evidence

COA clarifies confusion around judicial admissions

April 28, 2016
Jennifer Nelson
The Indiana Court of Appeals noted in its decision Thursday in a medical malpractice lawsuit that the line of authority that has developed on judicial admissions is based on an error made in a 1990 case. The judges used their opinion to affirm the jury verdict in favor of the defendant doctor and to clarify that judicial admissions are conclusive and binding.
More

COA: Jury replay of 911 call within court’s discretion

April 26, 2016
Dave Stafford
A trial court was within its discretion to allow a jury to rehear a recording of a 911 call during deliberations, the Indiana Court of Appeals ruled Tuesday in affirming a man’s convictions of intimidation and theft.
More

How a spy probe wound up as a child pornography prosecution

April 5, 2016
 Associated Press
At issue in the case is how the government uses evidence derived through the Foreign Intelligence Surveillance Court and under what circumstances that information should be made available to defendants, particularly when it winds up repurposed for a routine criminal prosecution that has nothing to do with national security.
More

COA: Anonymous tipster’s information enough for conviction

March 8, 2016
Scott Roberts
The Indiana Court of Appeals affirmed a man’s conviction of unlawful possession of a firearm by a serious violent felon after it found an anonymous tipster’s information constituted reasonable suspicion.
More

7th Circuit reverses, remands motion to suppress evidence

February 19, 2016
Scott Roberts
The 7th Circuit Court of Appeals reversed the denial of a motion to suppress evidence after police found heroin in a man’s car and remanded the case to district court because the police had no probable cause to pull over the car in the first place.
More

Murder conviction stands despite closing argument error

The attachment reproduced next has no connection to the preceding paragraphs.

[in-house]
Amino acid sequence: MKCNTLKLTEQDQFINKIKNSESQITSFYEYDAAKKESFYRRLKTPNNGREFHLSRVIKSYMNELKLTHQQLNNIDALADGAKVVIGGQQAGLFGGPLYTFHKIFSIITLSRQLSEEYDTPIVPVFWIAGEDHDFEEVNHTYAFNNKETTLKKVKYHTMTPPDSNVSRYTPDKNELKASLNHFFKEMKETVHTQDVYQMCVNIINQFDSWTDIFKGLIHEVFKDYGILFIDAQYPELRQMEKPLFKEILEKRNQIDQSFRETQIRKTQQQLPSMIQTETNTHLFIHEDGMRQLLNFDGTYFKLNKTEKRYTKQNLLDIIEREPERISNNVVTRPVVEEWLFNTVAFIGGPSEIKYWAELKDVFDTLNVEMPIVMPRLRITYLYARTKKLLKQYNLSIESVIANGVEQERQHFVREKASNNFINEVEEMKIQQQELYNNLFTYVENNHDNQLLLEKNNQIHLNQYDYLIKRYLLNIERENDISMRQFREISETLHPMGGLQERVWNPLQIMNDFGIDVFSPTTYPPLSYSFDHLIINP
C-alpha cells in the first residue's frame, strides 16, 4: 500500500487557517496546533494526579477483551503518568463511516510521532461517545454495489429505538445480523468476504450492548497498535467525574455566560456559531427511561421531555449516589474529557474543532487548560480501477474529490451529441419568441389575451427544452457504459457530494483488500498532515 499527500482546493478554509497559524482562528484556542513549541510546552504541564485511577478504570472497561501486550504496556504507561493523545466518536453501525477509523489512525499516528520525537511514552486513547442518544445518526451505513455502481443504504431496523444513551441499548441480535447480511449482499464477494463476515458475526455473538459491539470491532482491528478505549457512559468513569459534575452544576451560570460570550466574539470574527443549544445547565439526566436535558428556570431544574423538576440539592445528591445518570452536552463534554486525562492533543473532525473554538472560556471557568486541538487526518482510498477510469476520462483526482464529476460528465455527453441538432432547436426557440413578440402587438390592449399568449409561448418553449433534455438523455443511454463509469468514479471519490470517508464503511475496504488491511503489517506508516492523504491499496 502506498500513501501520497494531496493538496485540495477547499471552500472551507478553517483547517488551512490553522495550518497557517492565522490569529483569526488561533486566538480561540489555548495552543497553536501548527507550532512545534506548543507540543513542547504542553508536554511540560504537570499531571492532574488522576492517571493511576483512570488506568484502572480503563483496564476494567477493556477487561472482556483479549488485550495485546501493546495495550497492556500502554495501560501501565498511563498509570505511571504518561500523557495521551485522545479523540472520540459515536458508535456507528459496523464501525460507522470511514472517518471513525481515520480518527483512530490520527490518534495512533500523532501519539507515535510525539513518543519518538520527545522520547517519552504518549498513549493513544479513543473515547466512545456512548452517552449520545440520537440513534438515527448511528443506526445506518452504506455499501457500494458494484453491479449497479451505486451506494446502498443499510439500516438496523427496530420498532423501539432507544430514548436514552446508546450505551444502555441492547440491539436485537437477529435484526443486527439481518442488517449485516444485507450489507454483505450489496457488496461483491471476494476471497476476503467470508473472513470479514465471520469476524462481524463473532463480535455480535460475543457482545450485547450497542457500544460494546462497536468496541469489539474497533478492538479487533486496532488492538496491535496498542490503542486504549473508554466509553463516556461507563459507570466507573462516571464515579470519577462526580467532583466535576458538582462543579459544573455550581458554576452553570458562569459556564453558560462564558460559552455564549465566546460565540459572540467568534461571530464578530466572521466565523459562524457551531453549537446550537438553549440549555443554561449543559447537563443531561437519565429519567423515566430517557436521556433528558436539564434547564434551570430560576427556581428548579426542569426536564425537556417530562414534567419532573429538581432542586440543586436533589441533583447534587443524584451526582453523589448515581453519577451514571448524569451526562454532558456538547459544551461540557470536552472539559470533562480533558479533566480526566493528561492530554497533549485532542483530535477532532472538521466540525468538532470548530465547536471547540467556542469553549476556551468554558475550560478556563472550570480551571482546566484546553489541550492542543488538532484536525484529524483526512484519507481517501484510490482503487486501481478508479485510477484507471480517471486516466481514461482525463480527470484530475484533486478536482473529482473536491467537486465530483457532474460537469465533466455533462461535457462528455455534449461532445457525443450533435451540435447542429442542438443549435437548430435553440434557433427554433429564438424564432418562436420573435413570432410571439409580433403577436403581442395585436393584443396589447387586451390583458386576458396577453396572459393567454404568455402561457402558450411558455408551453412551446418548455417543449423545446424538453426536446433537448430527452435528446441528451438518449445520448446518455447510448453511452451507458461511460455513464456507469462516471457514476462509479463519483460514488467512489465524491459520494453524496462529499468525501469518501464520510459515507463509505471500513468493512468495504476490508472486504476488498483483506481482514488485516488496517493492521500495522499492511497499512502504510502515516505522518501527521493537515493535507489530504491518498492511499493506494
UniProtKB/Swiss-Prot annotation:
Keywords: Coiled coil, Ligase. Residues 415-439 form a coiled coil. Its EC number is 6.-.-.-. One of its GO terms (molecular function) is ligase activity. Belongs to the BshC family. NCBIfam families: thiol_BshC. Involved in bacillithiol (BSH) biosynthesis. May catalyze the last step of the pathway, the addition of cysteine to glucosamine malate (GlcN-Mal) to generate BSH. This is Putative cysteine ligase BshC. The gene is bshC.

February 8, 2016
Marilyn Odendahl
A deputy prosecutor’s misstep during closing arguments was not enough to overcome the abundant evidence of guilt and force a new trial, the Indiana Court of Appeals has ruled.   
More

Judge says Spierer search warrants must remain sealed

February 3, 2016
 Associated Press
A judge says information regarding search warrants connected to the 2011 disappearance of an Indiana University student need to remain sealed so the investigation won't be compromised.
More

Attorney urges jurors in house blast trial to keep open mind

January 22, 2016
 Associated Press
An attorney for a man accused of murder and arson in a house explosion that killed two people urged jurors to keep an open mind despite emotional testimony they will hear during the trial expected to last more than a month.
More

7th Circuit upholds convictions in attempted post office robbery

January 20, 2016
Jennifer Nelson
A videotaped interview brought to light mid-trial and the suppressed personnel record of a detective did not constitute violations under Brady v. Maryland, warranting a new trial for a man convicted of aiding and abetting firearm use during the attempted robbery of a Fort Wayne post office in 2012.
More

Justices find victim’s statements regarding altercation fall under hearsay exception

January 15, 2016
Jennifer Nelson
The admission of testimony regarding a murder victim’s recount of his previous altercation with the man convicted in his murder were properly allowed as hearsay statements under Indiana Evidence Rule 804(b)(3), the Indiana Supreme Court ruled Thursday.
More

COA re-enters molestation conviction, rejects evidence challenge

December 31, 2015
Dave Stafford
A trial court erred in vacating one of two convictions of Class A felony child molesting at a Dearborn County man’s sentencing, the Court of Appeals ruled Thursday. The panel also rejected the offender’s claim evidence should not have been admitted.
More

DNA evidence properly excluded in rape trial

December 4, 2015
Jennifer Nelson
A trial court was correct in not allowing evidence in a rape trial that DNA of an unknown male was collected from the victim two days after the incident, the Indiana Court of Appeals affirmed.